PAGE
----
PLANE passengers could face a four-hour wait to get airborne, a reduced schedule and prices hiked up in a post-lockdown world.
Air travel could become more of a luxury as airlines sticking to distancing rules may need to pull up the fares to cover the cost of less travellers.
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People could be forced to have pre-flight health check ups to ensure they are fighting fit before going abroad.
These extreme measures could be in place for the next five years, experts warned, as the world reels with the effect of the deadly pandemic.
Whizz Air is due to start commercial flights again on Friday – one of the first to do so – meaning others will surely follow suit soon.
Anyone travelling onboard one of their planes must wear a face covering and will be kept distanced from others as they fly.
Social distancing rules could mean airlines can only fill 20 per cent of their flights.
But because it is only when a plane is 80 per cent full that airlines recoup their costs, airfares could be significantly raised.
Air travel has been an industry extremely hard hit by the pandemic as the majority of planes have been grounded.
SOCIAL DISTANCING IN THE SKIES
British Airways this week revealed it is feared 12,000 workers may have to be made redundant, as the airline struggles to keep afloat.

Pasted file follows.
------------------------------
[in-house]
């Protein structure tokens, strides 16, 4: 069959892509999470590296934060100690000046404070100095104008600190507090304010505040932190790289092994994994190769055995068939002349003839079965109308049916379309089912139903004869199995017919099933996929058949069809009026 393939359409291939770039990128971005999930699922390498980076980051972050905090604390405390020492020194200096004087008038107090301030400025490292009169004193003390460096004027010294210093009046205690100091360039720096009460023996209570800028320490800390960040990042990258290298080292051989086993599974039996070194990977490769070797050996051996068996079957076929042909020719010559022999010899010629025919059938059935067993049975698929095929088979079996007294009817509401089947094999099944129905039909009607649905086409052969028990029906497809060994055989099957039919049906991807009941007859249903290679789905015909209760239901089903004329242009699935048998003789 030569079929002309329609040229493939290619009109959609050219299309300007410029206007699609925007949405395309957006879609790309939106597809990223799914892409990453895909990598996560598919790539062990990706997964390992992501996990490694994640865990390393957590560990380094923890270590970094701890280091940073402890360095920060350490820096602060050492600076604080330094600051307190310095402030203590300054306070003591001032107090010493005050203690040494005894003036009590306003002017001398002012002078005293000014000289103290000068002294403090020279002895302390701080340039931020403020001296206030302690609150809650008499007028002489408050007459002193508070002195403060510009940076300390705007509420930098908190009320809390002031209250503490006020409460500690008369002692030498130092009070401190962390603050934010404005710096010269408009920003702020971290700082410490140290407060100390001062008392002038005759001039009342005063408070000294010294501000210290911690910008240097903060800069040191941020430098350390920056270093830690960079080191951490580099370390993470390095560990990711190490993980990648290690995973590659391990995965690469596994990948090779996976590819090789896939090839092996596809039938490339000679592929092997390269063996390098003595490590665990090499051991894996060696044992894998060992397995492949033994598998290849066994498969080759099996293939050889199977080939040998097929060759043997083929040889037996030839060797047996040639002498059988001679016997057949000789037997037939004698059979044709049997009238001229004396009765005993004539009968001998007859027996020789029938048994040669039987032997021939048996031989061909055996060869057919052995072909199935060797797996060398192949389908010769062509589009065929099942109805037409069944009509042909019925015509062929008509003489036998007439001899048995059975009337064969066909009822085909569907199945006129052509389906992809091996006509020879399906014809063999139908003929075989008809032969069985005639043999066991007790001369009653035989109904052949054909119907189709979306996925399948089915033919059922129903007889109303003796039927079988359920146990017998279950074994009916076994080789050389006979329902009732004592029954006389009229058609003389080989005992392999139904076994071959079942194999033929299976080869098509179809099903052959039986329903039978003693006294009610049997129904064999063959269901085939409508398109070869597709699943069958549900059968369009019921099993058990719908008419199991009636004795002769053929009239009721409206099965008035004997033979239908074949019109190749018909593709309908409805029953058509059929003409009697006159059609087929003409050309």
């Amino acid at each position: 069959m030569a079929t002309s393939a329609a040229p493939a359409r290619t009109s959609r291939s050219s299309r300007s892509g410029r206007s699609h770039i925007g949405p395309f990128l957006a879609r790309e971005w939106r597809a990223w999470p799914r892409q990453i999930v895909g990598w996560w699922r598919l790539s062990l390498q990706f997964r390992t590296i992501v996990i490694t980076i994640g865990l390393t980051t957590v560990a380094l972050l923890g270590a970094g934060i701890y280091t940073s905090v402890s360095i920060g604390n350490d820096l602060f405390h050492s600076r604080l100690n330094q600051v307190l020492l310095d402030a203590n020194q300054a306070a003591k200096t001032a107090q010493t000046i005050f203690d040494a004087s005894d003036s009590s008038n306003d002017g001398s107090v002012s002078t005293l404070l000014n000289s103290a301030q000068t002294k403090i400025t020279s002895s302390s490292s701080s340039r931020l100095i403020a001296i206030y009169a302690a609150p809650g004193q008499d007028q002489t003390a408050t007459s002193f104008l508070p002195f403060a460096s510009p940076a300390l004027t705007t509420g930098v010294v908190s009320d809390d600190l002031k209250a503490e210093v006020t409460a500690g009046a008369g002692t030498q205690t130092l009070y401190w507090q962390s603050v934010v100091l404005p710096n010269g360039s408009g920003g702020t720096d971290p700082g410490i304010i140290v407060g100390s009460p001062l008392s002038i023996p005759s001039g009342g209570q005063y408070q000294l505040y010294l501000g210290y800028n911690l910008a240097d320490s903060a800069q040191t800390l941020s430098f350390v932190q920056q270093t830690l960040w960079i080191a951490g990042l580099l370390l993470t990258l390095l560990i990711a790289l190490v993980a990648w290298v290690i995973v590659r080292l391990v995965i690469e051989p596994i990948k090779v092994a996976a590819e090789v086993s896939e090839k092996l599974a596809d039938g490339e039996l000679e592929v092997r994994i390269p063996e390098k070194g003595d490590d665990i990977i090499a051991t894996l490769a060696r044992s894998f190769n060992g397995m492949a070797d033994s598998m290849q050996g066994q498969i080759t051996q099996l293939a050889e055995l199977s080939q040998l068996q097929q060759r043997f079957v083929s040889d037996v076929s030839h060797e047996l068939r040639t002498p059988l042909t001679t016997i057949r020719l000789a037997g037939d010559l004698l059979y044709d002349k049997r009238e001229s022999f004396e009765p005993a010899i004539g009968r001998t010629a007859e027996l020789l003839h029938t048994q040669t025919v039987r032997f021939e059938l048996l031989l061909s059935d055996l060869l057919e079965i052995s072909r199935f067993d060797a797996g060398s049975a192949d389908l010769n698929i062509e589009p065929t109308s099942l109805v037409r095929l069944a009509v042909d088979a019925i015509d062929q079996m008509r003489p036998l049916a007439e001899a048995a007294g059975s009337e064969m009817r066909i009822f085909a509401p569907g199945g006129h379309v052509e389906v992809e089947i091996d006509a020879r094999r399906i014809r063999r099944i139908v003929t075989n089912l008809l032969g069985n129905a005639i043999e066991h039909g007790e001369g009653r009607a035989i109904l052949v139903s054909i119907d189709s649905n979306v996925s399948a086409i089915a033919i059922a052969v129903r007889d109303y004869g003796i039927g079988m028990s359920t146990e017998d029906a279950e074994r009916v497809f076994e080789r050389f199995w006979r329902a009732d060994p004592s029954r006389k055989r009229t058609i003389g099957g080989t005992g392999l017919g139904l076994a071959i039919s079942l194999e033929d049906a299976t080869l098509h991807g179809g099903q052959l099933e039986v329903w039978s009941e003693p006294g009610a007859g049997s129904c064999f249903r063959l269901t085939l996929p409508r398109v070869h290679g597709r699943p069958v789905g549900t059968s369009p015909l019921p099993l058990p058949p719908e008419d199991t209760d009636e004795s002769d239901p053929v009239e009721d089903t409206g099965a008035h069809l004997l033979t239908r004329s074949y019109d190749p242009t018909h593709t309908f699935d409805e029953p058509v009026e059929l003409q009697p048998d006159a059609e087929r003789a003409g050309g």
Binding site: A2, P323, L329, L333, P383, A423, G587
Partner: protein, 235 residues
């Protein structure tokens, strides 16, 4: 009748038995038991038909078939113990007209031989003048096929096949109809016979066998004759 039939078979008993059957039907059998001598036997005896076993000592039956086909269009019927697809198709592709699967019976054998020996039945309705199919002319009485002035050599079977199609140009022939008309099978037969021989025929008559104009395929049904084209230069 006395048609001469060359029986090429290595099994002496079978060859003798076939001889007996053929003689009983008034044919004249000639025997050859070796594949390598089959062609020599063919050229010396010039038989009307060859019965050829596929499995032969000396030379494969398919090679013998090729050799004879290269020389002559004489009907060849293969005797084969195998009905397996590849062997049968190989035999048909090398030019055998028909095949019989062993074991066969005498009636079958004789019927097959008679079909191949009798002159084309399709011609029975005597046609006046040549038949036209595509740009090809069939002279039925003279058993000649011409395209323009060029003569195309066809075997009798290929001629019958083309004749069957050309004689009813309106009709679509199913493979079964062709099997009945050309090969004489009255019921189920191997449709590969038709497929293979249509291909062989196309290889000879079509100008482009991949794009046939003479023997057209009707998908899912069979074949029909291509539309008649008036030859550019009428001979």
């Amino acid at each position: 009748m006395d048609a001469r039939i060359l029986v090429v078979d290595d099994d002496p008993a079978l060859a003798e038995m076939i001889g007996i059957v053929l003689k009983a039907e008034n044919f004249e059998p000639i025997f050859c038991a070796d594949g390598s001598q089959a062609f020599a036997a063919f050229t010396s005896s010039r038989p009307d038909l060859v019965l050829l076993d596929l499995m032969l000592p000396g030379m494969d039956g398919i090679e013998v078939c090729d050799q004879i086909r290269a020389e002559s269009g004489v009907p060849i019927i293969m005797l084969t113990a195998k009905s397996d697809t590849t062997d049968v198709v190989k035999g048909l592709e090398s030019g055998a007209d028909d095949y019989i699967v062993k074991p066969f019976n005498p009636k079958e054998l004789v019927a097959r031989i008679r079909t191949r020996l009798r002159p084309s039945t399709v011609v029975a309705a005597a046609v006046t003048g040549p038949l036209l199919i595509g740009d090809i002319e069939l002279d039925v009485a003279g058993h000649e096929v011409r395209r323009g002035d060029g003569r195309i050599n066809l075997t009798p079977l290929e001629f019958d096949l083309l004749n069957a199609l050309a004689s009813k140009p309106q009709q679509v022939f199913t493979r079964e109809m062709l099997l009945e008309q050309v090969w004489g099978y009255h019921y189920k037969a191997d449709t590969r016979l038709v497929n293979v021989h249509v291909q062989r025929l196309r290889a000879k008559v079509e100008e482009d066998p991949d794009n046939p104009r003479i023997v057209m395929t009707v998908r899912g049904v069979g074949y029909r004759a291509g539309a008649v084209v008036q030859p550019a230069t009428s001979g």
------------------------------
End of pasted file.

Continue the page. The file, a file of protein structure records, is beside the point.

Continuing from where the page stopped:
And Virgin Atlantic has asked the Government for a £500million bailout.
Andrew Charlton, managing director of Aviation Advocacy told The Times: “Even if it starts raining vaccines tonight, we are still looking at two years at least to get back to levels seen before the outbreak.
“And it is probably going to be more like five years.
“There will be fewer flights, fewer seats available, prices will go up and there will be very uncomfortable conditions because of the demand to wear personal protective equipment and maintain social distancing.”
It comes as:
It comes as new figures revealed the true UK coronavirus death toll now stands at 26,097.
This is a rise of 4,419 on Tuesday’s tally – with figures now combined to include deaths in hospitals, care homes and the wider community for the first time since the crisis began.
It was confirmed today that some kids could face long delays before they are back in the classroom full time – as schools will return in a “phased way”.
Education Secretary Gavin Williamson said this morning that no date has been set for when schools are back up and running fully.
And he confirmed that schools, which have been shut since March 18, will not open through the summer to help kids catch up on the classes they have lost in the crisis.
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Brits itching to get out of lockdown saw the highest level of vehicles on the road on Monday since the lockdown began.
Public Health England medical director Dr Yvonne Doyle described the increase in traffic this week as “slightly worrying” on Wednesday afternoon.
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